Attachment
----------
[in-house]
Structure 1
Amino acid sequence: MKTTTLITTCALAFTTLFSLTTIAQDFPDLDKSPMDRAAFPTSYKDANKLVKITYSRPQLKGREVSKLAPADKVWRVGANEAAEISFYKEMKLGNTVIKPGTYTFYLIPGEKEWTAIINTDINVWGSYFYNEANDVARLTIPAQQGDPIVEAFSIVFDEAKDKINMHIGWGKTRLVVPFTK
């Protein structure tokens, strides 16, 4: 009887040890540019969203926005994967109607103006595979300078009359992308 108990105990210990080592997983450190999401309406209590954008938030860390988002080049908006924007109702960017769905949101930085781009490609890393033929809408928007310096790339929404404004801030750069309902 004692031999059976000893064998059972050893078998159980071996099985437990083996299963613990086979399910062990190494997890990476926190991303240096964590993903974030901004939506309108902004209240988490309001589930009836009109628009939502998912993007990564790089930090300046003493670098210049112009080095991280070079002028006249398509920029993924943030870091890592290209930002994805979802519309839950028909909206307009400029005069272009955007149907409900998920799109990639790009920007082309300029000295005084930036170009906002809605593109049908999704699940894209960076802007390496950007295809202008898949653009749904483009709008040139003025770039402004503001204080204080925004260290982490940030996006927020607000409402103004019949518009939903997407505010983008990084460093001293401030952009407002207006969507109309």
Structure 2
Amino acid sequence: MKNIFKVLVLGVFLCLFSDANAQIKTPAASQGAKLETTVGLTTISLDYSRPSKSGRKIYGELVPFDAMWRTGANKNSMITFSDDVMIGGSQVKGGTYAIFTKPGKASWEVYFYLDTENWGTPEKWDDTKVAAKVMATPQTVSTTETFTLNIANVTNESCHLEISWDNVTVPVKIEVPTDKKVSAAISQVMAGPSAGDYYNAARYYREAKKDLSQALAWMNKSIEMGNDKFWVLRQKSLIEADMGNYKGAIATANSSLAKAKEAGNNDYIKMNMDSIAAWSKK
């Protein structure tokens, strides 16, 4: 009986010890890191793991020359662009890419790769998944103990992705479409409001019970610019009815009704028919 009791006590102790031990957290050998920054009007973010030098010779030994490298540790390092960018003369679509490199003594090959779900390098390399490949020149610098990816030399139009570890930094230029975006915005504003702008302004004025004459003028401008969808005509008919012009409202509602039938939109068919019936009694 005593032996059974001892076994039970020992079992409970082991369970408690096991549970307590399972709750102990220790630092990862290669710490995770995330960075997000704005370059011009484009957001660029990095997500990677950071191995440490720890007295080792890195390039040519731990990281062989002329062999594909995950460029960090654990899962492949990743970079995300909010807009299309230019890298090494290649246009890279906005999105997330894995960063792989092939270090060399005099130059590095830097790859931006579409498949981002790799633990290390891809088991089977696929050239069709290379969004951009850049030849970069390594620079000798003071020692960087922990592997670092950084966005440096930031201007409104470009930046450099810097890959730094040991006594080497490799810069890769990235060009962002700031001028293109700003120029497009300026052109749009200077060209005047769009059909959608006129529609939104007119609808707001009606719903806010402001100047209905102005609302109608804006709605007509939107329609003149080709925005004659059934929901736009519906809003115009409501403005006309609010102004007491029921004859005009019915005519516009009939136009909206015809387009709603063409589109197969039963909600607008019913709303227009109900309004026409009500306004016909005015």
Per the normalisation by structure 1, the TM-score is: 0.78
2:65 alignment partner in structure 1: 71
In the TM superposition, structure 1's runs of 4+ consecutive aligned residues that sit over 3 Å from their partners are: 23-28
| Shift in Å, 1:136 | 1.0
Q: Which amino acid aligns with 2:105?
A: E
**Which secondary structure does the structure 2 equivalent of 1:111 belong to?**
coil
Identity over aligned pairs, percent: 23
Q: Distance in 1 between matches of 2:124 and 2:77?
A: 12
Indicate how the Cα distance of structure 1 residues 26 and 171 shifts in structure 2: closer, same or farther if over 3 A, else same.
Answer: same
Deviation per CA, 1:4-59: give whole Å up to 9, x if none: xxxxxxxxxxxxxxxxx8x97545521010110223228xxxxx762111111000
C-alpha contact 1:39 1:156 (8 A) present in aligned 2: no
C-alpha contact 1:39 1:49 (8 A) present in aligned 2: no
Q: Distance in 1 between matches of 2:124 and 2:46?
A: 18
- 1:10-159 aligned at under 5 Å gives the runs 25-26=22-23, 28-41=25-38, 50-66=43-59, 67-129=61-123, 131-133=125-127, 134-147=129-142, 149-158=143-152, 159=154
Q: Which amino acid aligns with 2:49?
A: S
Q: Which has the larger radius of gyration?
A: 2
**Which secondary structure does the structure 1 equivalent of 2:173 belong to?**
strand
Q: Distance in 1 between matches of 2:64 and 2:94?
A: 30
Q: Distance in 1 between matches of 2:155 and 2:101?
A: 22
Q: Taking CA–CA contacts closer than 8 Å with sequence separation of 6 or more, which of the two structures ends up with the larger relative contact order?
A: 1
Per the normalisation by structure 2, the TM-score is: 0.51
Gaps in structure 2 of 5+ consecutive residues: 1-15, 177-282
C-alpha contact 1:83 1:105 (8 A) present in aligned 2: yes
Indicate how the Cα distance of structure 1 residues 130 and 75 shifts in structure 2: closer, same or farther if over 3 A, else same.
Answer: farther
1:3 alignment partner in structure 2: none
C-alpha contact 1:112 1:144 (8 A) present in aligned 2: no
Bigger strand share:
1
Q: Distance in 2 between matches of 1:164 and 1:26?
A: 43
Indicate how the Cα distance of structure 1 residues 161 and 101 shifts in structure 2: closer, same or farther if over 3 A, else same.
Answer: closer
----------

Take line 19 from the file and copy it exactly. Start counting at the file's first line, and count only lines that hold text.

Indicate how the Cα distance of structure 1 residues 26 and 171 shifts in structure 2: closer, same or farther if over 3 A, else same.